Salmon Rillettes


There are many salmon recipes on this blog, because of all fish varieties, salmon is my favorite. It’s such a versatile protein – one that goes beyond basic grilling, poaching, or smoking.

A while back I had a dilemma facing me with two leftover salmon filets. And this is how my salmon rillettes recipe was created.

Salmon Rillettes
Makes about 24 ounces of rillettes

1 or 2 salmon filets, approximately 12 ounces total, pin bones removed
4 tablespoons butter, divided
4 ounces cream cheese, at room temperature
4 ounces soft goat cheese, at room temperature
1/4 teaspoon salt
1/4 teaspoon white pepper
4 ounces smoked salmon, finely chopped
Fresh chopped parsley, about 3 tablespoons

Rinse and dry the salmon filet. Bring it to room temperature if it’s not already. Heat 2 tablespoons of butter in a skillet over medium-high heat and sauté the salmon by browning it on the flesh side first. The browned butter will help color the salmon.

Turn it over, lower the heat, and season with salt and pepper. Continue cooking until the salmon is medium rare, about 6 minutes total, depending on the thickness. Turn off the heat.

While the fish is still in the skillet remove the skin and discard. Using a spatula, chop up the salmon coarsely. Let cool slightly.

In a medium-sized bowl, combine the cream cheese, goat cheese, and remaining 2 tablespoons of butter. Season with salt and white pepper. Beat until smooth.

Fold in the sautéed salmon, along with the butter from the skillet, as well as the smoked salmon. Try to keep some of the pieces of salmon in tact. At the last minute, add the parsley, gently “pushing” it into the salmon and cheese mixture.

Place in a jar or serving dish, and serve with bread or crackers.

These rillettes are definitely best just made, still slightly warm. If they must be refrigerated, bring them to room temperature before serving.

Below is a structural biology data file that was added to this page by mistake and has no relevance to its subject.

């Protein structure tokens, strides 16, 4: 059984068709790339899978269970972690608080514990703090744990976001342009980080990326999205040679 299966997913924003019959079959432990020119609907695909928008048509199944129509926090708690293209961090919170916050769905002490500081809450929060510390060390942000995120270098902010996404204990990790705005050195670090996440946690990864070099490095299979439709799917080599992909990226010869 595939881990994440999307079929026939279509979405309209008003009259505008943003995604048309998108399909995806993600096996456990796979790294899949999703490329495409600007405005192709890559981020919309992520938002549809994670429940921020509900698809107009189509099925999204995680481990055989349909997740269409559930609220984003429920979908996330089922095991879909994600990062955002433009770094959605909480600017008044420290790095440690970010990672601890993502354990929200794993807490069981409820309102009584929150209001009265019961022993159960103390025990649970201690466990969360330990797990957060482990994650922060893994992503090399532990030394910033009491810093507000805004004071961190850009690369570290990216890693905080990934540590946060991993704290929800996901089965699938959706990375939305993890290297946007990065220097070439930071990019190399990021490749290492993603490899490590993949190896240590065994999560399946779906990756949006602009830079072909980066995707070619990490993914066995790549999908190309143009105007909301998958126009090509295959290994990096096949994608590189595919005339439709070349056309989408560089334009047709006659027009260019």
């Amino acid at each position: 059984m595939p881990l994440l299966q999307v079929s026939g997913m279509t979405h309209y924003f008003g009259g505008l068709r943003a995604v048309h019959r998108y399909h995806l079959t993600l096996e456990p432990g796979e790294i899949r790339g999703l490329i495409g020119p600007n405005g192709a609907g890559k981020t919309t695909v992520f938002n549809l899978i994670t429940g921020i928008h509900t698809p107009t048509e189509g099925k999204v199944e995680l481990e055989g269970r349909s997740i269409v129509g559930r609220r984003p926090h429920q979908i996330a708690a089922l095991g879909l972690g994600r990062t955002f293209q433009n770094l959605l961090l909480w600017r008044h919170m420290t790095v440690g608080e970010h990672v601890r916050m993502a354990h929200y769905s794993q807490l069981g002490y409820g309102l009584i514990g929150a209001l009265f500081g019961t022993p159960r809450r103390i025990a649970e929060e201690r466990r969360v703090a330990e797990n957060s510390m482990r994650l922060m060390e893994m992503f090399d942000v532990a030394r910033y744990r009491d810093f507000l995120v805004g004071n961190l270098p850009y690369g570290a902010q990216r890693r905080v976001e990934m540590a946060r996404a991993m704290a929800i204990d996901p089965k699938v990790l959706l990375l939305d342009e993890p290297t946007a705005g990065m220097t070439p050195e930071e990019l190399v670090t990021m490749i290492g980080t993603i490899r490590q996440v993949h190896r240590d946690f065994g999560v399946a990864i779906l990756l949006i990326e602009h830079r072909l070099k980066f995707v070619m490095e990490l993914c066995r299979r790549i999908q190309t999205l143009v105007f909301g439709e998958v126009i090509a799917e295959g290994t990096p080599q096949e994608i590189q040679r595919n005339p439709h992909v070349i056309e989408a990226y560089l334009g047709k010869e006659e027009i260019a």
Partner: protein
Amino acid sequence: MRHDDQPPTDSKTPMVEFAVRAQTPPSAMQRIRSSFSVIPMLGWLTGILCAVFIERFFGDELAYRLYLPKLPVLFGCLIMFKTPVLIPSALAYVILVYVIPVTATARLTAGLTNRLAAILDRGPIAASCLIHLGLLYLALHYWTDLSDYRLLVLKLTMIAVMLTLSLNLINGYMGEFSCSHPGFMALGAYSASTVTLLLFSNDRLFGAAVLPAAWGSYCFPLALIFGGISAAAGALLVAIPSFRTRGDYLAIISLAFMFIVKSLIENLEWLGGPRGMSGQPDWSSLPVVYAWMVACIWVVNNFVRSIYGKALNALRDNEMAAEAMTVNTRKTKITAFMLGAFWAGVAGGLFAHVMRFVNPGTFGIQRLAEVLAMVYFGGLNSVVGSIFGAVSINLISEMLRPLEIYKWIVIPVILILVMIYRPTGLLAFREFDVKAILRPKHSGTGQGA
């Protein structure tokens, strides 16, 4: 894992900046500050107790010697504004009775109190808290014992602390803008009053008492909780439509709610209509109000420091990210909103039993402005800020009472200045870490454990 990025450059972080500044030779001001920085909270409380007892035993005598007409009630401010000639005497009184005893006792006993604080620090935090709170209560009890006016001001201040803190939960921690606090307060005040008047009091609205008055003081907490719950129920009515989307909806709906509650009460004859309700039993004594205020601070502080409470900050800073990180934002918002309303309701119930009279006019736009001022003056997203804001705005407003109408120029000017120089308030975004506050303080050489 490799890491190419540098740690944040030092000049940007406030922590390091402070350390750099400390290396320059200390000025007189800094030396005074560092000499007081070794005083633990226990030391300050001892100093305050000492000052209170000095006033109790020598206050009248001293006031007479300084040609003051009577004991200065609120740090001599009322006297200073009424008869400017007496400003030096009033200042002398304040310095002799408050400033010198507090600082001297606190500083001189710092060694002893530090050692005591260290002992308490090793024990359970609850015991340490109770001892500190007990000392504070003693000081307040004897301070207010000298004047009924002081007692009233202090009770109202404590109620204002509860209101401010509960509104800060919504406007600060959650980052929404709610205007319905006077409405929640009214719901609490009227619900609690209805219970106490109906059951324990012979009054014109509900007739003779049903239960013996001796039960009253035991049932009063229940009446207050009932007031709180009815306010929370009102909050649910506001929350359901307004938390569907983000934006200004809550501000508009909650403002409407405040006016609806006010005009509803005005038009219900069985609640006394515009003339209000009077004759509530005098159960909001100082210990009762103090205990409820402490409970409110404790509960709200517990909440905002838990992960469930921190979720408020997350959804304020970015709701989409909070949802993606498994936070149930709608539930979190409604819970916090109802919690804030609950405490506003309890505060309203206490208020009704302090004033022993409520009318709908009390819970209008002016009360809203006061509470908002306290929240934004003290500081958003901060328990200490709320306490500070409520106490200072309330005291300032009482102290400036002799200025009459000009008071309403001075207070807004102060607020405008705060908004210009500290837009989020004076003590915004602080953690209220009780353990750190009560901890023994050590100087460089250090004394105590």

Rye crackers or bread are fabulous with anything salmon.

Rillettes of pork, or those made from duck or goose are almost purely meat, softly ground to make spreadable.

These salmon rillettes contain some cream cheese and goat cheese for creaminess. If you want “meatier” rillettes, cut back on the cream cheese. The important thing with rillettes is that they’re soft and spreadable.

43 thoughts on “Salmon Rillettes

  1. Mimi, this sounds wonderful. I can just see a bowl of this right in front of me with all sorts of bits and pieces to put it on. I can imagine all those flavours that I love in one bowl. All ready for me to devour. Mmmmm……

  2. Truly delectable, Mimi. Quick question… what’s the correct pronunciation of rillettes? Also, I see cornichons in your last photo and I don’t know how to say that either. I’m glad my enjoyment of food isn’t limited by my vocabulary. :) Thanks in advance!

    • Rillettes would be ree- yets. Cornichons would be harder to transcribe – maybe go to google and do an audio translation. Delectable, indeed!

  3. It’s been years since I’ve made salmon rillettes! I used Dorie’s recipe and it was a terrific lunch on crackers. We’re actually grilling a boatload of salmon for dinner tonight….and now I know what to do with the leftovers!!

  4. Salmon is a personal favourite of mine too Mimi. This salmon rillettes recipe reminds me of the trout pate I make (when I can get fresh trout from a friend who goes fishing here) although you’ve left the salmon choped up rather than blended. I love it!

    • Thanks Neil. I left the salmon more like a rillettes texture rather than a smooth paté but both are delicious!

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